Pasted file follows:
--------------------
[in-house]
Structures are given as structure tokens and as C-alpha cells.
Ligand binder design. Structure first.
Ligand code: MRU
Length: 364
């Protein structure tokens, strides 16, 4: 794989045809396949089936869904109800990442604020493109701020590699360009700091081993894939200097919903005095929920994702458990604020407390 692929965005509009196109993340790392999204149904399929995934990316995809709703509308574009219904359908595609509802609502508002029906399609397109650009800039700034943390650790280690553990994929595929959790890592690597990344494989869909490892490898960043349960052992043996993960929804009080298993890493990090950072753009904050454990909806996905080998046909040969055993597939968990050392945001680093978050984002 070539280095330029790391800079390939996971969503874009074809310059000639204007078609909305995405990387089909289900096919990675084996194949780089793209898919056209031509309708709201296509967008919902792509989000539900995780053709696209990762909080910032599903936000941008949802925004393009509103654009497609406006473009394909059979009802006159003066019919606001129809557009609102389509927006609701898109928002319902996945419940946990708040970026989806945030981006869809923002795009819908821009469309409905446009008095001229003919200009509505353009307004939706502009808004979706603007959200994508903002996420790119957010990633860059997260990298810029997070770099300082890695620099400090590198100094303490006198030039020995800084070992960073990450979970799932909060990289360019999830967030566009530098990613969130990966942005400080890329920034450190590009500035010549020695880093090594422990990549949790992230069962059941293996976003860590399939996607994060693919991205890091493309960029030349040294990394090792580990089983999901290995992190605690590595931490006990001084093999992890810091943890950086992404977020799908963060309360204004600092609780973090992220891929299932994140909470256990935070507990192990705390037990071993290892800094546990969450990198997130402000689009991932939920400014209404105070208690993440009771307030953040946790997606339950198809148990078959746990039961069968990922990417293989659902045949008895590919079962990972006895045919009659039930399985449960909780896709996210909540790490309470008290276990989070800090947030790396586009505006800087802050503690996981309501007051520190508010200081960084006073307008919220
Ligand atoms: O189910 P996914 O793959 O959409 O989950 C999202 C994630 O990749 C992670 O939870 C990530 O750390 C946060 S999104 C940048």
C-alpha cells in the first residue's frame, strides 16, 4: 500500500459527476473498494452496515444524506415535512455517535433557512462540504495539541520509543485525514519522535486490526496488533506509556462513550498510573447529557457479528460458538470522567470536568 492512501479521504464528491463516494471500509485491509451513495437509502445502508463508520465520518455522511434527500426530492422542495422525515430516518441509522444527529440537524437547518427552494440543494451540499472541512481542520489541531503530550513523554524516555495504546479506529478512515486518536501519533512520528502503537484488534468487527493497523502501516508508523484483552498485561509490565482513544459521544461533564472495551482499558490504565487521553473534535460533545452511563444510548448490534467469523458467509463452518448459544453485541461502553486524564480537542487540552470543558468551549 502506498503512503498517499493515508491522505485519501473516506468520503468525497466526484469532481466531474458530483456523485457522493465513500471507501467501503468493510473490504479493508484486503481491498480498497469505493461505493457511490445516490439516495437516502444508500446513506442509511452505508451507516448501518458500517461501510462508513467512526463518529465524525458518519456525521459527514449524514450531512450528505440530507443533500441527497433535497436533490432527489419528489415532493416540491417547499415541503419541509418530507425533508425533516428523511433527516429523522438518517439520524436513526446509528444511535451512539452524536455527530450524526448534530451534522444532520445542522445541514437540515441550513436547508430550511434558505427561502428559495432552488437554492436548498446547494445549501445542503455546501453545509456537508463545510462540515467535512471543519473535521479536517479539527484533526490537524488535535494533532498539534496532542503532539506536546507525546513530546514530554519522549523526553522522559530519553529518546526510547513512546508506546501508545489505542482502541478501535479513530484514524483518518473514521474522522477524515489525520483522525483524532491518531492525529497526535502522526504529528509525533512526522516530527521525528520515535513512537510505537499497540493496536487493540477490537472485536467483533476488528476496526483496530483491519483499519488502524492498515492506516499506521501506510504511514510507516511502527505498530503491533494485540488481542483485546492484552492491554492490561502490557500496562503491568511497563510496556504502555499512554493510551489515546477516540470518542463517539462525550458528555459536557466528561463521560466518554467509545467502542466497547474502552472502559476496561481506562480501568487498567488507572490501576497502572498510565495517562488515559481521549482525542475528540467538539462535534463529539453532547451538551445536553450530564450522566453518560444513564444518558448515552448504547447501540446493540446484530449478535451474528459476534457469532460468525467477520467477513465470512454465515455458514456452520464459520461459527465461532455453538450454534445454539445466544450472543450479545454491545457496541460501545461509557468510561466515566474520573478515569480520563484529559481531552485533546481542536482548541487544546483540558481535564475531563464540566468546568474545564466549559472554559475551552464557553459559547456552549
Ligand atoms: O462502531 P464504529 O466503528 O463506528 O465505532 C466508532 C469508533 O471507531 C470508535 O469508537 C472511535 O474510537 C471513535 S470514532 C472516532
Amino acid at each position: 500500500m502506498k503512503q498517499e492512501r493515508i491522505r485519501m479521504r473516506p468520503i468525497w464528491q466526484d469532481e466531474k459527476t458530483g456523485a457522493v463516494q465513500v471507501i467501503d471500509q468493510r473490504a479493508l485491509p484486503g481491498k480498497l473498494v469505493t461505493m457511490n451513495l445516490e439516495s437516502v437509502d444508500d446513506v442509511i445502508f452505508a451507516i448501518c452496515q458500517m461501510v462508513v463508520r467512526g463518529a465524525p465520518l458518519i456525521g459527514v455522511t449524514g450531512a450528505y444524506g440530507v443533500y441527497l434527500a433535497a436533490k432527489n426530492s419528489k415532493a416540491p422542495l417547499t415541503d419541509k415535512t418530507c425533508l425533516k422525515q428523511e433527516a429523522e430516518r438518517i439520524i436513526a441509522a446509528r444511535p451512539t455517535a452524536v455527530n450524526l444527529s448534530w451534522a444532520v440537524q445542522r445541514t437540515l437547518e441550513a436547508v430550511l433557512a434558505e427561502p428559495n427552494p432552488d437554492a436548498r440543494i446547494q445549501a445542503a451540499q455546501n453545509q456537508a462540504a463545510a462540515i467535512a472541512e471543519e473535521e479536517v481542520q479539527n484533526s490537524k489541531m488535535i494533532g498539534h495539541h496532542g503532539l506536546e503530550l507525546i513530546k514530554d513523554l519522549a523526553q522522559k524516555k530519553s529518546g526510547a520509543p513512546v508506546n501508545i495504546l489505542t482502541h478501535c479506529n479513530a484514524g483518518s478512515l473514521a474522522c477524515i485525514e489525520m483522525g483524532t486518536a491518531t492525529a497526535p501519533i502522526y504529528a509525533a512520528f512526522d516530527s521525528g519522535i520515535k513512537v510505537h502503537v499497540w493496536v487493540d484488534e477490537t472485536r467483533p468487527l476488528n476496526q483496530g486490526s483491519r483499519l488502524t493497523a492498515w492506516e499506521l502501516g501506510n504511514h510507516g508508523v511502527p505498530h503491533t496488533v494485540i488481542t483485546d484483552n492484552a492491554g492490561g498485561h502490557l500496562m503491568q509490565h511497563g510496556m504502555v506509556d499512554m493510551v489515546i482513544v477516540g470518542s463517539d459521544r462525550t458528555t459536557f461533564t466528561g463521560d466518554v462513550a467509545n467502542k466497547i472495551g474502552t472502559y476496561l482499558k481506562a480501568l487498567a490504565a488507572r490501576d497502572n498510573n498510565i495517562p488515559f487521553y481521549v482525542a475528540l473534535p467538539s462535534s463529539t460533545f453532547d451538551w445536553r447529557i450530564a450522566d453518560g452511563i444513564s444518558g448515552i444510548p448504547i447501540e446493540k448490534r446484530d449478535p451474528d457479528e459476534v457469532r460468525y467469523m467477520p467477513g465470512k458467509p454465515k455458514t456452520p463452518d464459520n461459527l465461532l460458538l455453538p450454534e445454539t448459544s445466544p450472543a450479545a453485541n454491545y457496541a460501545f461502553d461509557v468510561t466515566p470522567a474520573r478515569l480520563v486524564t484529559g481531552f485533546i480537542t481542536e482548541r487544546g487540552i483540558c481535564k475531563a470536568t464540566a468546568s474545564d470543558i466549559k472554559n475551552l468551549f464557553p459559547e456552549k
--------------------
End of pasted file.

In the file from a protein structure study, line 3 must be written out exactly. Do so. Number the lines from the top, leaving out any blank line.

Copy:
Ligand binder design. Structure first.